Wednesday, November 30, 2005
Shameless Celebrity Sighting
My dance studio is opposite the Beacon Theater, and occasionally I run across concerts or movie premieres. Early on in my New York days, I remember that the Beacon Theater was putting on the "Diva" concert. In the middle of class, we all heard screaming and ran to the studio window to watch Tina Turner strut across the red carpet. Quite a sight.
A few weeks ago, I ran across the Walk the Line premiere. We dancers huddled on the median to gawk and take pictures. The quality of my photos is horrible, but I am putting a few up for evidence.
Here is Jane Seymour,
and Leanne Rimes (who is really skinny in person)
and of course Reese.
Can anyone name this famous botoxed forehead? His barbie doll wife is standing to the right in this photo.
Ichty Knee -- Ichi Ni
Here is a deliriously happy cat in full "cat nip" mode.
And of course here he is posing . . .
and cuddling his new toy as he goes to sleep.
Tuesday, November 29, 2005
I think my favorite purchase from Uniqlo is this down coat. It goes down past my knees and is very warm, and only cost $100! Definitely a good deal.
Here's one other funny thing I noticed. It's the custom in Japan to send elaborate flower arrangements to celebrate a store's opening. I guess that 1-800-FLOWERS was the best anyone could do in America. And I guess the only place anyone could think of to put the flowers was by the trash can.
Wednesday, November 23, 2005
November 3rd marks "Cultural Day" in Japan. Starting around this time, if you are in Japan, you will see many beautiful chrysanthemum flowers on display. There are even "Chrysanthemum Festivals" or Kikkaten in which these gorgeous flowers are put out for show, sometimes to highlight the special qualities of a particular breed; sometimes the flowers are grouped together in an almost architectural fashion.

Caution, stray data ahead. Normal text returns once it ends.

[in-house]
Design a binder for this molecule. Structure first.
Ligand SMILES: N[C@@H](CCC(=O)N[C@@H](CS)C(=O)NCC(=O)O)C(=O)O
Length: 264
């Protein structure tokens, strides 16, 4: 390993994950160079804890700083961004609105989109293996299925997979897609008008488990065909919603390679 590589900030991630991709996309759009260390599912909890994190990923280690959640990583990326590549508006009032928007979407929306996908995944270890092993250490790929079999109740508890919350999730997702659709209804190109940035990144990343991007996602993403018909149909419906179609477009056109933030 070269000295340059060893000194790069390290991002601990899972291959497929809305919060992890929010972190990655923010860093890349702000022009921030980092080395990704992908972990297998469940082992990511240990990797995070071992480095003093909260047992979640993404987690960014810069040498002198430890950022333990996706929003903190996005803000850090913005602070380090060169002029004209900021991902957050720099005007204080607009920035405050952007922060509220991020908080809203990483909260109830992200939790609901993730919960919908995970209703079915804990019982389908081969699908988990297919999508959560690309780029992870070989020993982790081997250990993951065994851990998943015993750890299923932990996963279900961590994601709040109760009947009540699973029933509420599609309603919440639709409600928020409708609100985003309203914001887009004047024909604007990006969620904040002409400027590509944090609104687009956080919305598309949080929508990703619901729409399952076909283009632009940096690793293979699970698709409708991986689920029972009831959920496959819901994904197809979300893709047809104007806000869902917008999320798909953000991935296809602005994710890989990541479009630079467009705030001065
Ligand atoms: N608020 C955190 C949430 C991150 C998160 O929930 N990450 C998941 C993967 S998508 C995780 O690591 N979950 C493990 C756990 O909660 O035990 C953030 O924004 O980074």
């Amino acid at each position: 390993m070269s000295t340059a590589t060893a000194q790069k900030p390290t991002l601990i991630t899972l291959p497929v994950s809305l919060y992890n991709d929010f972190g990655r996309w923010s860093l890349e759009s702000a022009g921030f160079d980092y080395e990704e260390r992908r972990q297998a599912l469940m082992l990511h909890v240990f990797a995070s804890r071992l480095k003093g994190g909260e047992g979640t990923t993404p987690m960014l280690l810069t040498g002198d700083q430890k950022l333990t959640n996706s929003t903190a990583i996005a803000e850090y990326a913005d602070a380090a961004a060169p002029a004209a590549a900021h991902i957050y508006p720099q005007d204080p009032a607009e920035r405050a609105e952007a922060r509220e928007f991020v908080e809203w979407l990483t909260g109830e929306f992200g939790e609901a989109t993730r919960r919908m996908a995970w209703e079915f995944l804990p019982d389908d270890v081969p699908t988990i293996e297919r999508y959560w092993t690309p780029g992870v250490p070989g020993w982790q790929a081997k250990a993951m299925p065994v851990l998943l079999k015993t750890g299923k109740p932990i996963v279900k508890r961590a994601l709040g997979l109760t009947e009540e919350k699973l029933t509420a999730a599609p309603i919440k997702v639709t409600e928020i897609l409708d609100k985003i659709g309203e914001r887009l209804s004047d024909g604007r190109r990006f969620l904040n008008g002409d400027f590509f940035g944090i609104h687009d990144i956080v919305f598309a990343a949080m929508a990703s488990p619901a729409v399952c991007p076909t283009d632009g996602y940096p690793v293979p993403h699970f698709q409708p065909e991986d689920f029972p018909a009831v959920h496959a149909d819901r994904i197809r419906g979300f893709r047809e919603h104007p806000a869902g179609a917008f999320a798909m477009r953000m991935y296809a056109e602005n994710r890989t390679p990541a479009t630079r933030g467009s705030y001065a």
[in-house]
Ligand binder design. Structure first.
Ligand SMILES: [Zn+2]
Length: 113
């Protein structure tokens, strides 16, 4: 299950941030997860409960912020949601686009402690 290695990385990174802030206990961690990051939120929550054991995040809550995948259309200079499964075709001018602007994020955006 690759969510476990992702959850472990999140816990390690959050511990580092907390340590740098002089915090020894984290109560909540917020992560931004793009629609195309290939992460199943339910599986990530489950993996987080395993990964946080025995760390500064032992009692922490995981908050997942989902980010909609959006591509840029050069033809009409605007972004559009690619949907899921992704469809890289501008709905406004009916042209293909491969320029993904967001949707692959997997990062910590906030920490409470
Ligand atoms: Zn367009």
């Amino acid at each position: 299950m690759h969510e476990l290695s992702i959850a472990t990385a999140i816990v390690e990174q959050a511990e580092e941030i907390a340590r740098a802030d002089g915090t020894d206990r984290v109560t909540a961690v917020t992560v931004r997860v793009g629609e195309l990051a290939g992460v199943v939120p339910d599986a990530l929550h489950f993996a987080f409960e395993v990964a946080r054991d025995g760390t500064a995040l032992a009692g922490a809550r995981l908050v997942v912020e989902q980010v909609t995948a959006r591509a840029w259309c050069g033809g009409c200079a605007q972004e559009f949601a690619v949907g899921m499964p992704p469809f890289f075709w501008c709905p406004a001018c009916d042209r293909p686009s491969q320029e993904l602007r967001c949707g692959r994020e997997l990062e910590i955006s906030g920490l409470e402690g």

This is the last year in which the famous Hirakata chrysanthemum doll festival will take place; by tradition, 50 dolls are dressed up in 100,000 flowers.
You can think of the chrysanthemum as a sort of polar opposite to the cherry blossom, which blooms in the springtime. The chrysanthemum, of course, blooms in the autumn. Both flowers are said to unoficially "represent Japan," and the 16 petal variety is the symbol of the Imperial family.
My mother, on the other hand, makes wonderful pickles from the chrysanthemums in her garden.
Beware of one thing, however, as you enjoy these flowers. I warned you earlier about the dual nature of the higanbana, or red spider lily. Despite their celebrated beauty, chrysanthemums are also the flower traditionally presented at a funeral; in a funereal bouquet, white and yellow chrysanthemums are combined. So, if you want to give someone a present, be sure you throw some other colors into the mix, or just stick to one color.
I'd like to thank my friend Nobata Katsunari for sending these pictures to me. He and his wife live in Aichi perfecture near my grandparents, and are wonderful family friends.
Monday, November 21, 2005
New York Times Goes to Aburiya Kinnosuke
Here are a few priceless quotes.
This restaurant was clearly delighting them (Japanese businessmen), sating them and offering them something much closer to, and more consistent with, what they would get in Tokyo than what they would get in TriBeCa. That caught my attention, and my own delight kept me coming back for more.
So, obviously, the word is out that Aburiya Kinnosuke is where the Japanese go to eat something "authentic." And since there are so many Japanese now in New York -- unlike the 80s where, as my hairdresser used to tell me bitterly, a Japanese ex-pat might go hungry -- perhaps the menu can actually stay authentic.
Frank Bruni also has this amusing observation.
The menu is so expansive and arcane that a diner can encounter bad luck as easily as good and wind up with food that disappoints, if only because it's so peculiar. One night I blithely ventured in the direction of dried baby squid, only to make a hasty retreat after one repellently fishy, intensely funky bite.
Japanese food is wierd, y'all!